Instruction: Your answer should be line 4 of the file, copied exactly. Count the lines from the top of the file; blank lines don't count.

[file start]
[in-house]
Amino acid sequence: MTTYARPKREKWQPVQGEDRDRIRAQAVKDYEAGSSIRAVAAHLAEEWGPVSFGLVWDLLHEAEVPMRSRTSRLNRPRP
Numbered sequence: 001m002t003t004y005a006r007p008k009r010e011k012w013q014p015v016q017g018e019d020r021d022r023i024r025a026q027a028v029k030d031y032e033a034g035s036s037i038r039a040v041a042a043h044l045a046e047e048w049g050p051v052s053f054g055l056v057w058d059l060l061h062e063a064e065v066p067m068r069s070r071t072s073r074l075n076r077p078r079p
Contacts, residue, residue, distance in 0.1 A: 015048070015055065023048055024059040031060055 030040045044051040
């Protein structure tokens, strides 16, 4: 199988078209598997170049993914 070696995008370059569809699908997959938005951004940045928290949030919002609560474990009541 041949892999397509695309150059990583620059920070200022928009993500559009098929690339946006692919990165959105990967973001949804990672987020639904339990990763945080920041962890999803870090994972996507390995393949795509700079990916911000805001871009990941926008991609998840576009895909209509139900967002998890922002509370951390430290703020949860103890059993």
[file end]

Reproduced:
Contacts, residue, residue, distance in 0.1 A: 015048070015055065023048055024059040031060055 030040045044051040